It's interesting to wonder about their concert-attendance techniques because of the dichotomies between them. Long-time fed versus first-termer. Male versus female. Labor versus Liberal. Stable, government party situation versus wildly unstable leadership-struggle situation. You get the picture: so many variables in play that there's no way to draw any conclusions at all as to how they really felt about the concert, and what kind of roles they saw for themselves there, and why one would duck out halfway while the other would endure the entire thing.

One thing does puzzle me, though: WTF did politicians do before the advent of the mobile phone?


And in other news: in keeping with the minor disaster theme of the day, I was helping the orchestra director place a very large, very heavy vase of flowers. I put the vase on the floor in the indicated site, using a very proper deep knee-bend technique to ensure my back didn't go ker-spung... and so my rather aged and worn trousers went ka-zortch instead. The seam down the arse literally shredded itself in one go, from just below the waistband to halfway down the inner thigh.

It was not a particularly enjoyable moment, but I can't say I was really bothered by it either. I really should have turfed those trousers a while back, but I quite liked them, so I ignored the fact that they were getting very thin in the arse region. You get what you deserve sometimes, eh?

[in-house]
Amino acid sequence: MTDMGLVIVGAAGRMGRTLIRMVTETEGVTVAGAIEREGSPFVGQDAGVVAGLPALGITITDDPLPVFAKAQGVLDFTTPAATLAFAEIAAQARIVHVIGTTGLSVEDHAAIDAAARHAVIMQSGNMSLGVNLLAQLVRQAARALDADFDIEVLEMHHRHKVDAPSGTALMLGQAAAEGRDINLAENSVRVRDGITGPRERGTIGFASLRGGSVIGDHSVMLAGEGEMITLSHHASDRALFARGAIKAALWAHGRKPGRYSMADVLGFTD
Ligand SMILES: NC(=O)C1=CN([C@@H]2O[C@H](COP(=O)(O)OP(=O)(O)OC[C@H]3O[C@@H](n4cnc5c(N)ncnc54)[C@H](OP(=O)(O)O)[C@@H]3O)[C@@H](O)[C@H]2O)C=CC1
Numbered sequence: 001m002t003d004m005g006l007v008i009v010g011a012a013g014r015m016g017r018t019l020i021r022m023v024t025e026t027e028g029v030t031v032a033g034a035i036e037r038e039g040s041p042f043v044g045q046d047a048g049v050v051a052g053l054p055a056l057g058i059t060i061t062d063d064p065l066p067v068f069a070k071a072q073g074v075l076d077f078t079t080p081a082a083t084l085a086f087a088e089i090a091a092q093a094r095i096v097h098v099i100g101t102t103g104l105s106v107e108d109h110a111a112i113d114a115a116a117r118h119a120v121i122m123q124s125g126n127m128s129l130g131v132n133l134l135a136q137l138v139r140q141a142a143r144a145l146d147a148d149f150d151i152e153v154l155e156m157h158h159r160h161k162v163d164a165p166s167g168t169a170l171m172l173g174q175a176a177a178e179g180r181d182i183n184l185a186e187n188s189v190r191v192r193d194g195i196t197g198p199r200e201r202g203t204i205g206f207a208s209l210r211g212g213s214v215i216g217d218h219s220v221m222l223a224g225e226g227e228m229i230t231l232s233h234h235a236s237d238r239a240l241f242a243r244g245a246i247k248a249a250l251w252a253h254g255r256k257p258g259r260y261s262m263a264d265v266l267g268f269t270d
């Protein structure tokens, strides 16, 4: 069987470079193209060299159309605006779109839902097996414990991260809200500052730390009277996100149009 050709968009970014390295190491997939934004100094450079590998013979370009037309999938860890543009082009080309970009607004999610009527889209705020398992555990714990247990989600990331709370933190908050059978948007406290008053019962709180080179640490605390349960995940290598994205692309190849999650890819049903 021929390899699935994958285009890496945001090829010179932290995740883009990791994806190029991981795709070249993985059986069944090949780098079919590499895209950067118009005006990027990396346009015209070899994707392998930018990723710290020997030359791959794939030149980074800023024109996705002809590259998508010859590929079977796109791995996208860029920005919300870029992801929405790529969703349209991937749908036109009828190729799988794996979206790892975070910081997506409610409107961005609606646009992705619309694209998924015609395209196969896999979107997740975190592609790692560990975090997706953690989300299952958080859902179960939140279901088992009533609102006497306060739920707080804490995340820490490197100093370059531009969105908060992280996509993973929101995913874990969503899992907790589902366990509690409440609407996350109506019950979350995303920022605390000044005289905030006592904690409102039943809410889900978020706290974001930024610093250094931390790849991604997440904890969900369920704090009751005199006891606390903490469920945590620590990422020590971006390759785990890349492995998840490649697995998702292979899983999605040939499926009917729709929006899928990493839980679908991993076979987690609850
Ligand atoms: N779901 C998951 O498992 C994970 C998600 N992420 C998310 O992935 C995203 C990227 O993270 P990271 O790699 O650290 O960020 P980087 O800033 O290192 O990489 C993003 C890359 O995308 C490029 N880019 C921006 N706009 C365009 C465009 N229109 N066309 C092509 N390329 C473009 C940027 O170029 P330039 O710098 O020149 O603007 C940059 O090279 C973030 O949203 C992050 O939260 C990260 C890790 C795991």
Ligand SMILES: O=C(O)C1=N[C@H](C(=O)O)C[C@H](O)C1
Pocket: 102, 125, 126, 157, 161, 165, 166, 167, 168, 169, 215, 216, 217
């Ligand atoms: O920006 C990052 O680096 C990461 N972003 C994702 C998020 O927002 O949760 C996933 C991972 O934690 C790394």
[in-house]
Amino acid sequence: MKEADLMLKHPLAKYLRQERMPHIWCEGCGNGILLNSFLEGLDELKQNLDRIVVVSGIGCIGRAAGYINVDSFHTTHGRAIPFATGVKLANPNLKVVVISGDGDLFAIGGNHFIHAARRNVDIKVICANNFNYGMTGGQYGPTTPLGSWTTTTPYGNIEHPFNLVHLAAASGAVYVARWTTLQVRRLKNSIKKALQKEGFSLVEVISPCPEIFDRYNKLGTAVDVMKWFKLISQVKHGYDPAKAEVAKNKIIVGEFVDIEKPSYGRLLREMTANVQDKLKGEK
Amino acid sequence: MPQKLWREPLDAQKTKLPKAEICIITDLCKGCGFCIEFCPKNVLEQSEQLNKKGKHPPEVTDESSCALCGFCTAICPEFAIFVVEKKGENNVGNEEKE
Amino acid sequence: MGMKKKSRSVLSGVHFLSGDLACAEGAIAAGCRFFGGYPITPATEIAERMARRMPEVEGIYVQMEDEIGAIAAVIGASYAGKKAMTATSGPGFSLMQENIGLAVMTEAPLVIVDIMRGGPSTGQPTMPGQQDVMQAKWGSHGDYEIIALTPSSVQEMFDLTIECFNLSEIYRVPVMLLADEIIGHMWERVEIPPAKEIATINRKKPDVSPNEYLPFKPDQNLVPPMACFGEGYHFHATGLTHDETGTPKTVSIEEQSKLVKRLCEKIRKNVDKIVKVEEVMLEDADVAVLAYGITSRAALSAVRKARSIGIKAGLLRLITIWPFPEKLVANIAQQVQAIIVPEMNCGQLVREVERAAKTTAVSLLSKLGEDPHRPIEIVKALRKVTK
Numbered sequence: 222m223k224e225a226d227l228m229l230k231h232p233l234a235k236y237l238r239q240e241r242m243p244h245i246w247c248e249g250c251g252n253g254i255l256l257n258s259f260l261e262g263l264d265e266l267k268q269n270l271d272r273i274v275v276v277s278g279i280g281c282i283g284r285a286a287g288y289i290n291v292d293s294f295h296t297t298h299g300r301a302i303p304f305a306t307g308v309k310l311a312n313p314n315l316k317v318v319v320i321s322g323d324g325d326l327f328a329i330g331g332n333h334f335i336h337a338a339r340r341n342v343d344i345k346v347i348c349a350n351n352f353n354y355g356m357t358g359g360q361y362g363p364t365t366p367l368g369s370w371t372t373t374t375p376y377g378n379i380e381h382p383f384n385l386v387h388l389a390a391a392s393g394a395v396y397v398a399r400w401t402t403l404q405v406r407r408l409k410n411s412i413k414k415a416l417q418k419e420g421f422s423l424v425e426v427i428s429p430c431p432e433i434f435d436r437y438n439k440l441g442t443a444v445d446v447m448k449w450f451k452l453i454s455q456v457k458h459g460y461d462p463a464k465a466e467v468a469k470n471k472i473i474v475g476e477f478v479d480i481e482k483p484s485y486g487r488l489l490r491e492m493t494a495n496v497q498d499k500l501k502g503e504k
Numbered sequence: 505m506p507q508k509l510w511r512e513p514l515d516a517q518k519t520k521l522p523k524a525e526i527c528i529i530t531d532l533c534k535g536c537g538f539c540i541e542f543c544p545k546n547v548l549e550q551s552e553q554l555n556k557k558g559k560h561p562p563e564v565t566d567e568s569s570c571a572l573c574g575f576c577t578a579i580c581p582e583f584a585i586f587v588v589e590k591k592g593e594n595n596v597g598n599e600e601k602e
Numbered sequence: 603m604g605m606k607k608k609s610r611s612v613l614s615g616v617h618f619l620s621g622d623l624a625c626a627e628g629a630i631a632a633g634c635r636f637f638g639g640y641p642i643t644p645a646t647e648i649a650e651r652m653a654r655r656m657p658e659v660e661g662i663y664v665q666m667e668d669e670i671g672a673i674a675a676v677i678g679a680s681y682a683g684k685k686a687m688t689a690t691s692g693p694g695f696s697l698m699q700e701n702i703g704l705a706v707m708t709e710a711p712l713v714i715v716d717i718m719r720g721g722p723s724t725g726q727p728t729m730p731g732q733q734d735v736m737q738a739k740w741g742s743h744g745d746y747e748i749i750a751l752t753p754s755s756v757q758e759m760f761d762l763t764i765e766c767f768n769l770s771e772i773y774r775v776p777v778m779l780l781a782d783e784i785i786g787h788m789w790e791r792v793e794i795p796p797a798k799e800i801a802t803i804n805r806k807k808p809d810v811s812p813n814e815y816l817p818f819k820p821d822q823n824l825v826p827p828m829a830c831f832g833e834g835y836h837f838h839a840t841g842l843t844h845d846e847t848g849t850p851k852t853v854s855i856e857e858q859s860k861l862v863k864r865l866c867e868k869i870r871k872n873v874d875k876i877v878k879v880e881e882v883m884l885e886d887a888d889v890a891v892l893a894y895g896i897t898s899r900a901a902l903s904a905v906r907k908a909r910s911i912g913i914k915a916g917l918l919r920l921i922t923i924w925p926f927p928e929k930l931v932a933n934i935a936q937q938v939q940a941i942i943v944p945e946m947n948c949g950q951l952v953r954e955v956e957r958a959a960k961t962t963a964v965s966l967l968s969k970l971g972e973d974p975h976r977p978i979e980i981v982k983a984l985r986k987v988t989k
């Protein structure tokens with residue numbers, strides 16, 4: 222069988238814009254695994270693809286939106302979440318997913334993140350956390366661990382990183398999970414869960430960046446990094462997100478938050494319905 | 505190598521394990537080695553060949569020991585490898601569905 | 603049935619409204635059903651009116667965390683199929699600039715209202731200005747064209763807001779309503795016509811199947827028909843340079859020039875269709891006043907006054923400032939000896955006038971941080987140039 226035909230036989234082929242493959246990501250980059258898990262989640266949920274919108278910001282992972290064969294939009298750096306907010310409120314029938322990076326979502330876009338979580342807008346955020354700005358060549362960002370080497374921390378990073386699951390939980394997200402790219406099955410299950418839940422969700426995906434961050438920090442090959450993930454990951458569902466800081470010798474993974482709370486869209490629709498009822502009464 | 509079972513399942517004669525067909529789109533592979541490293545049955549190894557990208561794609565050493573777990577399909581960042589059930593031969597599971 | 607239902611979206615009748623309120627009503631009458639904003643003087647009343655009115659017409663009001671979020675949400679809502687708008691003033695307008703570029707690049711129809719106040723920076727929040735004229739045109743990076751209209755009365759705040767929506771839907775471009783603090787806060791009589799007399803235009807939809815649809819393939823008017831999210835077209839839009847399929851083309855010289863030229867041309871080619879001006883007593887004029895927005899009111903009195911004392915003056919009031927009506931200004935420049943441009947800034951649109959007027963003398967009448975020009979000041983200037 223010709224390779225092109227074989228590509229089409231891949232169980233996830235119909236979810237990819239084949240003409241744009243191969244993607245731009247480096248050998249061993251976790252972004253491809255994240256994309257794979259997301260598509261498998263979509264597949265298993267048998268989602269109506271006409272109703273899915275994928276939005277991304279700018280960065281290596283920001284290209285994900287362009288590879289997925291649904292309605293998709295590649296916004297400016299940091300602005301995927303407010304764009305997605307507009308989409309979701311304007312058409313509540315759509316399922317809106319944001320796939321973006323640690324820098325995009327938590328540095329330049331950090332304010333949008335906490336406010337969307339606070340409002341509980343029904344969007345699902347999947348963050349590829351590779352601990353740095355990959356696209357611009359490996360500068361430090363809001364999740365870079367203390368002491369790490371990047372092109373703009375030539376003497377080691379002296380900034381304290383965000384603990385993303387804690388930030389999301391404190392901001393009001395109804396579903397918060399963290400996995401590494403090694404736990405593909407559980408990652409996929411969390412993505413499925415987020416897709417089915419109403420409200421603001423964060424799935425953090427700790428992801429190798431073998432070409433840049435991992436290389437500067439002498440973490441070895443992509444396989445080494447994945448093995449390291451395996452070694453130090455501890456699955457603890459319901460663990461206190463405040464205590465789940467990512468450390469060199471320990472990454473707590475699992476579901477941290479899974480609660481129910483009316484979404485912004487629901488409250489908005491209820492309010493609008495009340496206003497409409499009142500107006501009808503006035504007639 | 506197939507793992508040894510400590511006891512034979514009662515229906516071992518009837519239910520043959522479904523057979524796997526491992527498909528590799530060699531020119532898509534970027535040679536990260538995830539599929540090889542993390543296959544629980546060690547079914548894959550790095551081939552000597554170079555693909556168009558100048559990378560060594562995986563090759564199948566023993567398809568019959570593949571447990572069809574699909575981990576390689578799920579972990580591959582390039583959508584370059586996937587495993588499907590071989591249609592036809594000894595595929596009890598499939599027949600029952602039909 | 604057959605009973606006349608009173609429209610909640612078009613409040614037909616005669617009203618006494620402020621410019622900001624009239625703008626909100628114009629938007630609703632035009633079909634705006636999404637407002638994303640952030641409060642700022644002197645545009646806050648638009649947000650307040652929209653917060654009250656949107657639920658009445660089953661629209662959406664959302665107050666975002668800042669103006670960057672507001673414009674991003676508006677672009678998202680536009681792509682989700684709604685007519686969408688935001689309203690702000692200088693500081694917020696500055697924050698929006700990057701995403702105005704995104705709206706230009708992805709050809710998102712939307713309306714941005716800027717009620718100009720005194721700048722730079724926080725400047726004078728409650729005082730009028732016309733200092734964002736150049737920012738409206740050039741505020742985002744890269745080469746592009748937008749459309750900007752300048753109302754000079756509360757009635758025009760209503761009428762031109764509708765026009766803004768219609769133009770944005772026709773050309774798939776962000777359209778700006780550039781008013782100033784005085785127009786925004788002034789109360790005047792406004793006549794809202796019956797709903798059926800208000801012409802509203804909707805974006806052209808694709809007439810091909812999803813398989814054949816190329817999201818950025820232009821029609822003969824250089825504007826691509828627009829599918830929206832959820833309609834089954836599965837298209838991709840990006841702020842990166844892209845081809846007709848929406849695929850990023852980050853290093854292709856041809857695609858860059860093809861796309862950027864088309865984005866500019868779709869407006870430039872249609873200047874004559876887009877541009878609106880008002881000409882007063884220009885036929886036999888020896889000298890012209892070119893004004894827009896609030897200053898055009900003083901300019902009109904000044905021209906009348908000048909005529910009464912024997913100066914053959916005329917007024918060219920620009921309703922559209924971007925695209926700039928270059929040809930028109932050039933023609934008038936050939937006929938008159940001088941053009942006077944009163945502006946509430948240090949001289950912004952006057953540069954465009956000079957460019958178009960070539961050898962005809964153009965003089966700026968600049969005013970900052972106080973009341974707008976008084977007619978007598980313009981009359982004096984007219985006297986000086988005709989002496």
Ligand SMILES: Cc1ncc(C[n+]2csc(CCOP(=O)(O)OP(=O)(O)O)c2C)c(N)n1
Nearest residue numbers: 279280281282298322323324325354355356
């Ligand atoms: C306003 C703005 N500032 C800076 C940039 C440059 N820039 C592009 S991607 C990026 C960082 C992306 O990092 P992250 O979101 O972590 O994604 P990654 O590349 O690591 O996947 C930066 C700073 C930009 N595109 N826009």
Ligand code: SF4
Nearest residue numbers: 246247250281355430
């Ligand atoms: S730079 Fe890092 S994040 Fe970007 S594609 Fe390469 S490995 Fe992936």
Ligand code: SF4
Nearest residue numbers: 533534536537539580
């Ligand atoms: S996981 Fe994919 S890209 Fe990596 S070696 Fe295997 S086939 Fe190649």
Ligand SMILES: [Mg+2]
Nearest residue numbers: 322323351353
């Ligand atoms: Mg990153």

I ducked up the road to K-mart, knowing it would still be open, and found a couple pairs of trews to purchase in replacement. The lass at the changing rooms thought my explanation as to why I'd be wearing one of the new trousers on the way out was rather funny...


Final notes: the orchestra rehearsal was at 1430. The concert didn't kick off until 1900. That left us with some time to fill, and we didn't particularly want to drive home and then turn around and drive back again. So I managed to find a showing of Cloudy, With A Chance Of Meatballs that fit our schedule, and I'm very happy to say it was a lot of fun. The animation is the usual Pixar excellence. The writing was very good: fast, often very funny, frequently clever. There were plenty of jokes for the adults to pick up, including a lot of pop-culture film references tucked neatly into the script for you to enjoy if you spot them. Voice characterisations were excellent: particular kudos to Bruce Campbell as the sleazy mayor (fantastic combination of scripting, voicing and visualisation there), Neil Patrick Harris as Steve the Monkey (wearing a Monkey Thought Translator invented by the main character... frequently hilarious) and a really wonderful effort from Mr T as the township's manic black cop.